Dr. Lujan is an American Academy of Facial Plastic and Reconstructive Surgery (AAFPRS) fellowship-trained surgeon specializing in both cosmetic and reconstructive facial plastic surgery.
Many people have some degree of a deviated septum. Oftentimes, there are no symptoms. But when the deformity is severe, it can hamper airflow through one side of the nose, causing:
- Nasal obstruction. A blockage associated with a deviated septum can make it difficult to breathe.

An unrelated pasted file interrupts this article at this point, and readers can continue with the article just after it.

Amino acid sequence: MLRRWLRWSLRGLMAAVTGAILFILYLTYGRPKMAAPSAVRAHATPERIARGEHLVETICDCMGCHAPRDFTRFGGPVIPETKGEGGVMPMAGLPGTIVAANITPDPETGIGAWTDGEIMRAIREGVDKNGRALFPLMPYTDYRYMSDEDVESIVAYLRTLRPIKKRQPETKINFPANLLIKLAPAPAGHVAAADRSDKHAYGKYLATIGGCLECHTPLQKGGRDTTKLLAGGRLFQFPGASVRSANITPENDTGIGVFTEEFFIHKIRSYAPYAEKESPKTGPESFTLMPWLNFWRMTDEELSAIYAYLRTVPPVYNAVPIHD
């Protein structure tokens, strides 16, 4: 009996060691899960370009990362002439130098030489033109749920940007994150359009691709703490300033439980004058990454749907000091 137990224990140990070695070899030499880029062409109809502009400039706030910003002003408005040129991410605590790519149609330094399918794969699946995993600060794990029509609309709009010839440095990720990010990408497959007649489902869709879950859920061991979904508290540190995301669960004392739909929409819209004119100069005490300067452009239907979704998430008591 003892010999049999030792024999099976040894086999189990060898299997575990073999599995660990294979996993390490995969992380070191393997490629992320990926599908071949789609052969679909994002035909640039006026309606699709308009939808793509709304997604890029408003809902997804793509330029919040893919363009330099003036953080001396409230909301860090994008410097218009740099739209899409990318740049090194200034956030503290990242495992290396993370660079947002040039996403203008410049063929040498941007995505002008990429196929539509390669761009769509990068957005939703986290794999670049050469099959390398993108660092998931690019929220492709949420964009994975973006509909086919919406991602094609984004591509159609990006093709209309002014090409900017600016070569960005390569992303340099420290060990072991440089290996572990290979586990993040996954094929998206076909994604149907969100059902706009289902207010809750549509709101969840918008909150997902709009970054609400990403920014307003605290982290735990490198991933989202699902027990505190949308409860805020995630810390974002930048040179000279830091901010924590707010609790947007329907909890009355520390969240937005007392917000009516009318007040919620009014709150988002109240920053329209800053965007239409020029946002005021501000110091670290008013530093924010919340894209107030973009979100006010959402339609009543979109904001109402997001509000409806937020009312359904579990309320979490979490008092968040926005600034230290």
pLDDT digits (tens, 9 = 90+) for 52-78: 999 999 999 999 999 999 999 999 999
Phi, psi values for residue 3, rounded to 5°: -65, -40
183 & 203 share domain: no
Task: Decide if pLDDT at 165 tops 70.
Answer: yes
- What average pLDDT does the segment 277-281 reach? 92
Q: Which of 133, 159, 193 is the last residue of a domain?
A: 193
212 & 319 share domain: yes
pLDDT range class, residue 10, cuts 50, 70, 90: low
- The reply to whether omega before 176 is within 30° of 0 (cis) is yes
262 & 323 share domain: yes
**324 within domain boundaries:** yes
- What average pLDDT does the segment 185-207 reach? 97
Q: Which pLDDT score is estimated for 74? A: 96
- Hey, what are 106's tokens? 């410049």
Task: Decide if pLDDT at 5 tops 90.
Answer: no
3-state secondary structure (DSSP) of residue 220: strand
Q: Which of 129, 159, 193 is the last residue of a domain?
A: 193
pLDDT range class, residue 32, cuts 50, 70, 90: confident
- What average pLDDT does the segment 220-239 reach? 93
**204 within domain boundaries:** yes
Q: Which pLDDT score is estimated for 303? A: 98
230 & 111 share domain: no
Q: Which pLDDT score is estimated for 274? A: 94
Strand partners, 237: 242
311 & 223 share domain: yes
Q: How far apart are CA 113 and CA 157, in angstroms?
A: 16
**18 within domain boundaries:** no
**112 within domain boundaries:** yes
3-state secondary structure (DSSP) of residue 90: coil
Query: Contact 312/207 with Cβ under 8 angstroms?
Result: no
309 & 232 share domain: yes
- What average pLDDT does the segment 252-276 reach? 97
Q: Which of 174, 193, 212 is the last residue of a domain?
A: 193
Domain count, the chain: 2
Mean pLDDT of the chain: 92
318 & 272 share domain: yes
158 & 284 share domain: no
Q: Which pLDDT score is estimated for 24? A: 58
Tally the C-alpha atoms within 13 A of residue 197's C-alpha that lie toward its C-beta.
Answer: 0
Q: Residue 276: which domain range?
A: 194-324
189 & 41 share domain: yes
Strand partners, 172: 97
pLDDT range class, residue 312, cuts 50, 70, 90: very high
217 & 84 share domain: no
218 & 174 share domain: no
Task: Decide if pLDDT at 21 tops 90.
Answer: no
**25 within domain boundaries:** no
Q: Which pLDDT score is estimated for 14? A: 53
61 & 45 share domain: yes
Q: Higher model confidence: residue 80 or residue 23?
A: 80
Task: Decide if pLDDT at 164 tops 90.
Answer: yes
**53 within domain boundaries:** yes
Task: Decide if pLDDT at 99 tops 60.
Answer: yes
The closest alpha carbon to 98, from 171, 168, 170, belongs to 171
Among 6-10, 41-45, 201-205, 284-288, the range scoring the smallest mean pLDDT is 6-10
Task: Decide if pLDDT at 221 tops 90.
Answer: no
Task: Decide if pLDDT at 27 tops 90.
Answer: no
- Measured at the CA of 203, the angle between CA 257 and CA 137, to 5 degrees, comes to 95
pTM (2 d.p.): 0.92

- Nosebleeds. Crusting and bleeding is common among patients with a severe deviated septum.
- Sleep challenges. If one of your nasal passages is smaller than the other, you may prefer sleeping on one side of your body to breathe easier. Your partner may also notice noisy breathing during sleep.
- Recurrent sinus infections. Because a crooked septum can prevent the sinuses from draining properly, recurrent sinus infections is a common symptom of a deviated septum.